Sunderland Air Museum

We visited the North East Land, Sea, and Air Museum today. We happened to be over Washington way, and considered the Wetland Centre and Washington Old Hall, but settled on the Air Museum as James is fairly transport mad.

The museum is well hidden and you have to know to take the Nissan turn-off on the A19 before you see the first brown sign (or use sat nav, of course!) .

James loved seeing the windmills so close by, too.

The car park is very muddy at the moment, so, if like me you are using your other half’s car, be prepared for moans about the dirt getting in the car!

Entrance to the museum is £5.00 for adults, and free for under-5s. You go through a little portacabin where there’s a wee shop and cafe, and out into the yard.

old blue bus at sunderland air museum days out with a toddler in north east england

We headed for the main hangar right away, but there are others with a load of planes and vehicles in. For reasons I will explain later, we did not explore the whole museum today.

As you go through the door, you go into a room with a plane engine in. I explained what it was to James, and he nodded sagely.

plane engine atsunderland air museum days out with a toddler in north east england

There is also an extremely interesting display of memorabilia from the 1940s. There are a few gas masks, including one for a baby, and an explanation of food rationing.
However, there are also a lot of mannequins, either showing the uniforms, or demonstrating normal life in the 1940s. There’s a door you can open to see a man on the toilet. All these mannequins were really scary to James. He went from feeling really excited to feeling nervous.

I had to carry him past displays I knew he’d normally be keen on to the large open area where most of the planes and helicopters are on display.

There is a cockpit you can sit in to fly the plane. They have the nose separated and a seating area laid out. I think, in all honesty, that they could’ve done this a bit better. There is only one very tatty plane-style seat, the other 3 are black stacking chairs like we had in school. The buttons in the cockpit are printed on a sheet of mdf or cardboard. The handles are broken. Of course James thought it was brilliant and found it difficult to leave to let other visitors take a turn.

pretend cockpit north east air museum in sunderland

cockpit play in plane nose at sunderland air museum

This helicopter is only 20p a ride! Did I have a 20p coin? Of course not. James was happy to sit in it for a little while.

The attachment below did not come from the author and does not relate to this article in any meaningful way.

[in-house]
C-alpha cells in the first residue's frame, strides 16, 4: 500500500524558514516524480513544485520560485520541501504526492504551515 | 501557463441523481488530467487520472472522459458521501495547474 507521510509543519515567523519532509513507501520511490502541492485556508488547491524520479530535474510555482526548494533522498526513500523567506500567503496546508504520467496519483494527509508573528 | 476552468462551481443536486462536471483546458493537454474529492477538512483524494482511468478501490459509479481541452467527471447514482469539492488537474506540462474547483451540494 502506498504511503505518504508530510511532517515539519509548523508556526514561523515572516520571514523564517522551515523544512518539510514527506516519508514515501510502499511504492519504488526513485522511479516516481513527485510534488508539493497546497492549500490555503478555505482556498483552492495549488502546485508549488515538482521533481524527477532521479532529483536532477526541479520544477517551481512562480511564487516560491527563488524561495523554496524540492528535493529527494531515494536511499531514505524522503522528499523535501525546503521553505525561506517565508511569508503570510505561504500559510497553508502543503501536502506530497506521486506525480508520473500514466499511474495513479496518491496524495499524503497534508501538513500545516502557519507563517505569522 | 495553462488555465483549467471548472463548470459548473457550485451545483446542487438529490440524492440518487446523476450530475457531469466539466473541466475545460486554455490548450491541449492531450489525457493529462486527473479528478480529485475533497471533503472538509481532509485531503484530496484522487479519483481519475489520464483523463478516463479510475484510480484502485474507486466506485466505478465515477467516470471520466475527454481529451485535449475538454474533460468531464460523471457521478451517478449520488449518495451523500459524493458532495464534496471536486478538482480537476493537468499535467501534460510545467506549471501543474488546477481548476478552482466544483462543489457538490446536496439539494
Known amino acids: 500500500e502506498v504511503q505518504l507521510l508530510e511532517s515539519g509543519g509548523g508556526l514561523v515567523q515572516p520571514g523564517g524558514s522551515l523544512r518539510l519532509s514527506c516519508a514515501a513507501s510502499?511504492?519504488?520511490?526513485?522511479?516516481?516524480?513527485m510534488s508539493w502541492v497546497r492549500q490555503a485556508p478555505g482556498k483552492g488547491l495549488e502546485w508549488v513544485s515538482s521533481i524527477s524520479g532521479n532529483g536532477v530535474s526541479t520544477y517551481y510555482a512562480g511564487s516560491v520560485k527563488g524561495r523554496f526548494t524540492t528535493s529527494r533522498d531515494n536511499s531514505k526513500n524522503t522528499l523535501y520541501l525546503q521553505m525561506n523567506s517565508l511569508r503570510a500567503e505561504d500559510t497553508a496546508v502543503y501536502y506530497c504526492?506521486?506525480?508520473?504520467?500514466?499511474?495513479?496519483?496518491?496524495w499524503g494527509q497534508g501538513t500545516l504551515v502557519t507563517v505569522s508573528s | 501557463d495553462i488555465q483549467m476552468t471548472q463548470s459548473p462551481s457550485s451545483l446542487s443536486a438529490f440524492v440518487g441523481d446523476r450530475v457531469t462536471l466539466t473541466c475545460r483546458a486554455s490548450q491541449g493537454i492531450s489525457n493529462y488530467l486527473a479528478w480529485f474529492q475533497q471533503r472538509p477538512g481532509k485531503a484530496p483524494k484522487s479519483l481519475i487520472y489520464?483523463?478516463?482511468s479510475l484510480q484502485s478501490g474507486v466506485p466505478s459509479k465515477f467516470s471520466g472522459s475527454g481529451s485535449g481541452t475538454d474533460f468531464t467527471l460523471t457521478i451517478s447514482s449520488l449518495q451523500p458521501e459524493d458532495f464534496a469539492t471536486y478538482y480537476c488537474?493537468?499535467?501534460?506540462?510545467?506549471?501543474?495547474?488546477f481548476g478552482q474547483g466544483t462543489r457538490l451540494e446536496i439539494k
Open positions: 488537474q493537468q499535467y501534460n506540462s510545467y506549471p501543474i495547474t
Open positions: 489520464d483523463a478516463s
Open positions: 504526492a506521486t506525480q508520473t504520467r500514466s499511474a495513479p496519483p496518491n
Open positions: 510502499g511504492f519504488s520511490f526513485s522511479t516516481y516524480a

helicopter ride at sunderland air museum days out with a toddler north east england

There are so many planes here. James didn’t want to look at them, though, which is so unlike him.

sabre knight  plane at sunderland air museum

There was a Concorde nose made to look like it had crashed through the wall. Oh my goodness, did James not like that! It really worried him. He said this plane (below) had a hole in it. No, he didn’t want to look in the hole…

plane at sunderland air museum days out with a toddler north east england

He absolutely loved these little model planes. He spent a long time admiring them in various cabinets, before he remembered the Concorde and asked to leave.

2015/01/img_5204.jpg

So, my transport-mad boy didn’t enjoy it today. I’m not sure that it was totally down to the mannequins, but they certainly contributed to his change in mood. I think we’ll be back, because he’ll know what to expect next time.

Follow:

9 Comments

  1. January 18, 2015 / 8:33 pm

    This looks like a good place to let my three go exploring! Sorry it wasn’t a great success

    • January 19, 2015 / 9:48 pm

      It is totally different than the last time I went seven years ago!

  2. Nicola Burt-Skinner
    January 20, 2015 / 7:50 am

    Such a shame your little one didn’t enjoy it. I felt the same about Eden Camp, it’s a little overbearing with the huts and mannequins and so after hubby and I visited, we never actually went back with our daughter as we thought she wouldn’t like it. That being said I don’t think Sunderland Air Museum would be our cup of tea – I hope you do go back with your son and he enjoys it a bit more the next time round, knowing what to expect.

    • January 21, 2015 / 2:19 pm

      It’s so difficult to guess about that sort of thing, isn’t it?!

  3. February 3, 2015 / 2:03 pm

    Oh dear – hopefully your LO will enjoy this when he’s a little older. Thanks for linking #LoveNorthEast

    • February 4, 2015 / 8:58 pm

      Yes, I hope so. I was certain he’d love it, he’s such a transport fan!

Leave a Reply